The Path of the Paddle
Progressive Trek Patch
Progressive Trek Patch
Path of the Paddle Home Stillwater Experience River Experience Whitewater Experience Rafting Experience Ocean Experience Voyageur Experience Scale of River Difficulty Path of the Paddle Forms
The purpose of the PATH OF THE PADDLE program is to encourage Paddlesports participation among Boy Scouts and Venture Scouts. The rivers of Northern California and the Pacific Ocean provide different settings for different Paddlesports experiences. A Scout or leader who completes his first PATH OF THE PADDLE adventure earns the center segment and a rocker. Each completed outing earns one more rocker.
Some of the PATH OF THE PADDLE outings are designed for a one-day experience; some are designed to require at least one overnight camp. Any Scout who begins the PATH OF THE PADDLE must have completed the Boy Scout Swimmer test, and the Safety Afloat and Safe Swim Defense programs. Completion of the PATH OF THE PADDLE should provide opportunities to complete most of the outdoor requirements for the Canoeing and Whitewater merit badges. Any unit going on a PATH OF THE PADDLE Experience must have at least one adult leader who has completed the Paddlesports Awareness course of the Mount Diablo-Silverado Council High Adventure Training , or the equivalent High Adventure Training as offered by another BSA Council. The PATH OF THE PADDLE is NOT intended for Cub Scouts or Tigers.
Weather is always an issue in outdoor travel; participants must have the equiment needed to follow the Safety Afloat guidelines, and should have any additional equipment needed for that experience, such as a helmet for Whitewater, a wet suit for Ocean, etc.
Path of the Paddle Experiences
River, Russian River, Sacramento River
Bay, Point Reyes,
Elkhorn Slough, Tomales Bay
River, Trinity River, Snake River, Colorado River, Eel River
River, American River,
Klamath River, Trinity River, Snake River, Colorado River,
River, Russian River
A PATH OF THE PADDLE experience should not be a quick put-in and take-out outing. The Scouts should have an opportunity to learn and use the skills needed for each experience. The Program does not specify the time taken, but it is strongly recommended that each experience be no less than a half-day spent on the water.
Information on each of the suggested Path sites is available from Park officials, tour guides, outfitters, the American Canoeing Association, etc. The PATH OF THE PADDLE patch requires a Float Plan and the appropriate Local or National Tour Permit for each outing. Download Tour Permit here. A guideline for creating a Float Plan is here.
Please instruct your Scouts on the need to observe and obey the regulations that are in effect in National, State, and Regional Parks. On some trips you will be given the courtesy of passing across private property. Please repay these people's trust by keeping the area free of litter, respecting their property, and leaving the gates as you find them. Observe the principles of Leave No Trace (see http://www.lnt.org/)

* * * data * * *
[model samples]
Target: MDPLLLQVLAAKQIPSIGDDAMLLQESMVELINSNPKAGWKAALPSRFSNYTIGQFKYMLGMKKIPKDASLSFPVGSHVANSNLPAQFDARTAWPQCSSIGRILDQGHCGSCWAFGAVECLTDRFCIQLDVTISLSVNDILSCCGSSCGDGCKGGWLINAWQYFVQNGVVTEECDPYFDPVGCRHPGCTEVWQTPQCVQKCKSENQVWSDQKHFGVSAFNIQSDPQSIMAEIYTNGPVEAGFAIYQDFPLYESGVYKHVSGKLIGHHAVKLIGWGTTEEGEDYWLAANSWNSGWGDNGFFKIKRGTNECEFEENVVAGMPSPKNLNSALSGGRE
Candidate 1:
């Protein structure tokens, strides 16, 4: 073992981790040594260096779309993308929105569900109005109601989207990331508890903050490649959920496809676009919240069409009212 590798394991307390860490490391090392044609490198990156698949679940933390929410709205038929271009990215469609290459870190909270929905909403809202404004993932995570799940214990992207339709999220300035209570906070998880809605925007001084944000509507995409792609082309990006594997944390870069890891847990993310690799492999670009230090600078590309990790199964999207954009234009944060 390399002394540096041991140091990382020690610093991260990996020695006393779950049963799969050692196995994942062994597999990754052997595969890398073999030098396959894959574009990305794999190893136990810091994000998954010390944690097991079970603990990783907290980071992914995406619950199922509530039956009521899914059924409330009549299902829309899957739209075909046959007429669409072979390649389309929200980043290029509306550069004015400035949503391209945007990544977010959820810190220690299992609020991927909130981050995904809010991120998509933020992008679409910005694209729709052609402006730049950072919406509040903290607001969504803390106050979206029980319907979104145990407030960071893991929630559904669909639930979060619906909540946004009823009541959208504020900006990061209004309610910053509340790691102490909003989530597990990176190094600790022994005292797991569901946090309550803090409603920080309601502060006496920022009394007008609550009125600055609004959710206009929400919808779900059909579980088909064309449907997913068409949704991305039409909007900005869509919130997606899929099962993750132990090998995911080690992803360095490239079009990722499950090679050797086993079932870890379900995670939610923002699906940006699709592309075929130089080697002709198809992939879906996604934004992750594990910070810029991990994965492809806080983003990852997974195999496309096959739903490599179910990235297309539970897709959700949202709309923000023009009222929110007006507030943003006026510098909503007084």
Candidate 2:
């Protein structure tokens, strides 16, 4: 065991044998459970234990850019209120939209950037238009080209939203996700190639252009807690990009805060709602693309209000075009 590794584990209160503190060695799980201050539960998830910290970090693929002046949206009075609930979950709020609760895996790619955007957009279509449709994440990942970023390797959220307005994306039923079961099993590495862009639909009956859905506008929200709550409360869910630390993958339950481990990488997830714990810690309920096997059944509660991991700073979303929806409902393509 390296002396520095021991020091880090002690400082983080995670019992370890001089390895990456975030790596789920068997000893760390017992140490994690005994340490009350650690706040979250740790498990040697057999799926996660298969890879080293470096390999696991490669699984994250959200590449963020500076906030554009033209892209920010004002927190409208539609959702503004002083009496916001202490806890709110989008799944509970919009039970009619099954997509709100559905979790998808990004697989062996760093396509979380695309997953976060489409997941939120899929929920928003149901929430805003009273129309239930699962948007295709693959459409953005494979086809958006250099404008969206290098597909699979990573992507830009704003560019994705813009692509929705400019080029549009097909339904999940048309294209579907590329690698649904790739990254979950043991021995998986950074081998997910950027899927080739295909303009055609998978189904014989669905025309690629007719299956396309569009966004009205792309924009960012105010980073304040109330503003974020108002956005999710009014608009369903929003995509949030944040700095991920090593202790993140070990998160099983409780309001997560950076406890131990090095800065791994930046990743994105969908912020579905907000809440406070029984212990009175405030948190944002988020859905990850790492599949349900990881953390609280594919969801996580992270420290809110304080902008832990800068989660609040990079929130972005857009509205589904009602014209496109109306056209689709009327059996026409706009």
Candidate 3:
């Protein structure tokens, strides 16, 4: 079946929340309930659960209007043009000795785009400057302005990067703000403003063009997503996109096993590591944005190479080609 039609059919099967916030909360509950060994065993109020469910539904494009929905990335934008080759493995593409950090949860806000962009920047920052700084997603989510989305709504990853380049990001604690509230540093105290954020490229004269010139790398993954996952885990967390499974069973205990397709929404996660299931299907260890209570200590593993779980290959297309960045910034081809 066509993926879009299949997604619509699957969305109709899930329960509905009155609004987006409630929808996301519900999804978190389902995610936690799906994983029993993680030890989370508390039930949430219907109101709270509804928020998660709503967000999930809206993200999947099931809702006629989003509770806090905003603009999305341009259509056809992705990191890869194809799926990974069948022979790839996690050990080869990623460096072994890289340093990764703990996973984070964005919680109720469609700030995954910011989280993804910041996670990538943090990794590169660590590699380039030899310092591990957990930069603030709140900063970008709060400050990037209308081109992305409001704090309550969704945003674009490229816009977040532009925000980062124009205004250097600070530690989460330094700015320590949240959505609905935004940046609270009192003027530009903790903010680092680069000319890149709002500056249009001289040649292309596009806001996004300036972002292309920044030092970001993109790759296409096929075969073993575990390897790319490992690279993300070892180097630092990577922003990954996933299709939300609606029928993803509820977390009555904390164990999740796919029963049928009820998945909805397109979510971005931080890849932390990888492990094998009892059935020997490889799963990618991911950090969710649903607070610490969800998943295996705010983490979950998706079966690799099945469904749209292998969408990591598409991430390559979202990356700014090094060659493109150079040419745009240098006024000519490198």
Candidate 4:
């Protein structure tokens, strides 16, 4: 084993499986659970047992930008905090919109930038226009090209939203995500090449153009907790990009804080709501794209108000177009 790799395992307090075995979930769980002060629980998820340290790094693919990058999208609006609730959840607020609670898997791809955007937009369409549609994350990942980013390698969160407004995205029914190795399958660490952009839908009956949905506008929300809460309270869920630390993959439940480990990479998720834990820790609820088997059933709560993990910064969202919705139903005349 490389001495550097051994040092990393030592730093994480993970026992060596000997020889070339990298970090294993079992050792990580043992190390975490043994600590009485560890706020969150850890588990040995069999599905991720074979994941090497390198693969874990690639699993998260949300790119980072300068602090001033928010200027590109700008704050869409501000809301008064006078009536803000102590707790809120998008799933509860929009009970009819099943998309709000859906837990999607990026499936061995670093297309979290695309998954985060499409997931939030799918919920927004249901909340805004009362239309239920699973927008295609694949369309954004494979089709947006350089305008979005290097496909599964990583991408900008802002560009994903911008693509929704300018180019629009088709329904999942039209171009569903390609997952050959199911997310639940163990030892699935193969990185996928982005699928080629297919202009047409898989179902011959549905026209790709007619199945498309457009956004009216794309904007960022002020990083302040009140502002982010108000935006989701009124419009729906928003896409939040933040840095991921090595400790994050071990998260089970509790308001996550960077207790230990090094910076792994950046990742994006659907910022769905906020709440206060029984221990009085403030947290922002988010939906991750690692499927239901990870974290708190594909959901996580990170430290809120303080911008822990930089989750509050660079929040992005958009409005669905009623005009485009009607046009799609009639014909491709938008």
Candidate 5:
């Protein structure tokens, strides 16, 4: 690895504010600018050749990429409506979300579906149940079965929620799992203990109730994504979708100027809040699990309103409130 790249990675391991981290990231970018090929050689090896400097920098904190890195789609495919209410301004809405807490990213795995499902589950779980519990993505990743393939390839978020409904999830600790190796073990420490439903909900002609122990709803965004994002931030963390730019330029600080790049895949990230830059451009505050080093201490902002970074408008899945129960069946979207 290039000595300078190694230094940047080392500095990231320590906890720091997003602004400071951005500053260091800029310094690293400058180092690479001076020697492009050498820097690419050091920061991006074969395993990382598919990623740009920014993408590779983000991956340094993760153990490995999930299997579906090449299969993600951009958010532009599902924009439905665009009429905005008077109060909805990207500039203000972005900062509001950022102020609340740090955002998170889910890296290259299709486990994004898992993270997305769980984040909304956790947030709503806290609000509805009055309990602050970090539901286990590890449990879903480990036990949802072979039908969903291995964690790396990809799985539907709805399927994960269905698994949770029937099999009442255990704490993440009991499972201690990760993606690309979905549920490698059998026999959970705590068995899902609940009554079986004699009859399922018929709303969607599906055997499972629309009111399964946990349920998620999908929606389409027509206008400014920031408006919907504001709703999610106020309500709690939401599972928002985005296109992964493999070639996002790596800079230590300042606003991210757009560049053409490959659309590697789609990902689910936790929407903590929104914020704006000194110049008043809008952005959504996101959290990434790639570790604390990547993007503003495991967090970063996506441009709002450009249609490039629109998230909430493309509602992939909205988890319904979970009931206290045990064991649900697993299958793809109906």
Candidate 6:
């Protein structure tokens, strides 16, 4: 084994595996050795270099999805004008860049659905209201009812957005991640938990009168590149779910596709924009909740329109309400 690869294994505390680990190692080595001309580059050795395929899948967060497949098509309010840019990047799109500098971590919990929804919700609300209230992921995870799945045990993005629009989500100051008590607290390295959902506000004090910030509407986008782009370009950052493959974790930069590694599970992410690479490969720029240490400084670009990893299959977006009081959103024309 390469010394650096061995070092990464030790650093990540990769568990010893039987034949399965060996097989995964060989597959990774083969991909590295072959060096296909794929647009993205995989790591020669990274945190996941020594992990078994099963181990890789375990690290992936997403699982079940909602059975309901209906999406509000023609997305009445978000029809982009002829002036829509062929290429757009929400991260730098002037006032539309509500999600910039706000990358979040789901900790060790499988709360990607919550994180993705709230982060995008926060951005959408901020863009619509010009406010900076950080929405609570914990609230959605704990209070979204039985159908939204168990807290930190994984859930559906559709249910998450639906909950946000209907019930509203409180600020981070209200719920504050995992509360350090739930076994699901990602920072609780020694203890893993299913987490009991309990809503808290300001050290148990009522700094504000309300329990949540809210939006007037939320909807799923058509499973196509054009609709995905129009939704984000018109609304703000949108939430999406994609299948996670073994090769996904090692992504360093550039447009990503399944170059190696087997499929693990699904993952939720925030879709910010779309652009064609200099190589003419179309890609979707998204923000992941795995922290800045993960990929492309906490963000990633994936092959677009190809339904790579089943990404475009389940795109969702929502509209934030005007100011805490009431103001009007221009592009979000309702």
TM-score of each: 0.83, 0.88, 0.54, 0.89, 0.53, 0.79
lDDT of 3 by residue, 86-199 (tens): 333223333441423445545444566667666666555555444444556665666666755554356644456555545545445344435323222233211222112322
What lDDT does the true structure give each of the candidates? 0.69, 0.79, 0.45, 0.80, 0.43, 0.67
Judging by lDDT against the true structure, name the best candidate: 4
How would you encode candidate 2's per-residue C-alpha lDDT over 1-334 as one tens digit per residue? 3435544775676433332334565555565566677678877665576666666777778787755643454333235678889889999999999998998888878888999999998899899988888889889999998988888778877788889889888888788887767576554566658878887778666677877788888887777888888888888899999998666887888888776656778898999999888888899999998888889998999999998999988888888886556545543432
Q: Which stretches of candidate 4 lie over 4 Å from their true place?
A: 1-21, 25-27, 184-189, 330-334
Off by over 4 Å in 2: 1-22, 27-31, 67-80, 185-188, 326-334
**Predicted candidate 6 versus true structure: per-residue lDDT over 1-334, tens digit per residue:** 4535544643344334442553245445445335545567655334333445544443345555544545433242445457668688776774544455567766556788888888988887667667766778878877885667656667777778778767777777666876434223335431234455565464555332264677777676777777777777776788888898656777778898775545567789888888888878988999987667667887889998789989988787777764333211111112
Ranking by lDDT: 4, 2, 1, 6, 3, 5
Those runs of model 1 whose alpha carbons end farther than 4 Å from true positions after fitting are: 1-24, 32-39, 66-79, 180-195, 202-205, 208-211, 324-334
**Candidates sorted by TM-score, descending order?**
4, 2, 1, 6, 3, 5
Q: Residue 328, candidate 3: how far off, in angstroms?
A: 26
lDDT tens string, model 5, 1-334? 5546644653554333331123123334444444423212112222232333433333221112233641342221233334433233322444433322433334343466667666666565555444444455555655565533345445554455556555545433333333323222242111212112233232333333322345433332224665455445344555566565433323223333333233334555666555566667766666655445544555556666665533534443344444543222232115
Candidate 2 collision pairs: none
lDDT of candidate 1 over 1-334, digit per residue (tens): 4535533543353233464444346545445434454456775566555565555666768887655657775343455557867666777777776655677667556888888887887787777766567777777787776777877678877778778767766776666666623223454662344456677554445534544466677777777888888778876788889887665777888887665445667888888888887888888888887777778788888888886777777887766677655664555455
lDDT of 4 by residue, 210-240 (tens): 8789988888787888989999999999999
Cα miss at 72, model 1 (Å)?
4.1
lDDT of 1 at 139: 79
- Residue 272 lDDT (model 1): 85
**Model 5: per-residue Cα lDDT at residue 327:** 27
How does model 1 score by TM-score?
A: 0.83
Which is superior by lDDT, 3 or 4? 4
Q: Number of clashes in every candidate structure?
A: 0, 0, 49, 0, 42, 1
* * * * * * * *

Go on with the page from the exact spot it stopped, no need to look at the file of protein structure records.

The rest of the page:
Other Scouting Paddlesports Adventures
The Boy Scouts of America National web site has a Directory of High Adventure Programs offered by the BSA local councils. This directory can be searched for camps offering canoeing, kayaking, and whitewater programs.
Planning your Path of the Paddle Outings:
Planning is critical to a safe Paddlesports outing of any kind. As with any High Adventure outing, the Scouts and the leaders must be trained before setting out. The Guide to Safe Scouting must be read and followed.
All Scouts must have passed the Second Class Swimming and First Aid requirement and the First Class Swimming and First Aid Requirements
All Scouts and leaders must follow the practices of the BSA Safe Swim Defense and Safety Afloat programs, in regards to training, preparation, equipment, etc. Safe Swim Defense and Safety Afloat training are available online at the E-Learning section of MyScouting.org
At least one leader must have completed Paddlesports Awareness High Adventure Training through the Mount Diablo- Silverado Council, or an equivalent program through another BSA Council.
The transportation plan for the outing should allow sufficient time for the adults who are driving to rest before beginning the return trip. Please read the Risk Zone information in the Guide to Safe Scouting.
Note on Outfitters, Guides, and Rental Agencies.
The Boy Scouts of America and the Mount Diablo-Silverado Council do not attempt to recommend or rank any commercial Outfitters, Guides, and Equipment Rental Agencies. All such companies and individuals mentioned here are done so as a point of reference only. It is up to the individual unit to make sure that any outside company has adequate insurance, properly-maintained equipment, trained personnel, first-aid training and supplies, etc.
Conservation and Advocacy, Organizations and Clubs:
Note: The Boy Scouts of America does not control content on these organizations' websites. Please look them up for information.
American Canoeing Association: education, training, stewardship
American Kayak Association
Dreamflows: daily flow information on Western rivers
Friends of the River: Conservation and protection of the rivers of California.
National Outdoor Leadership School, home of many educational programs and resources.
Leave No Trace Center for Outdoor Ethics
Last update: 11/2/08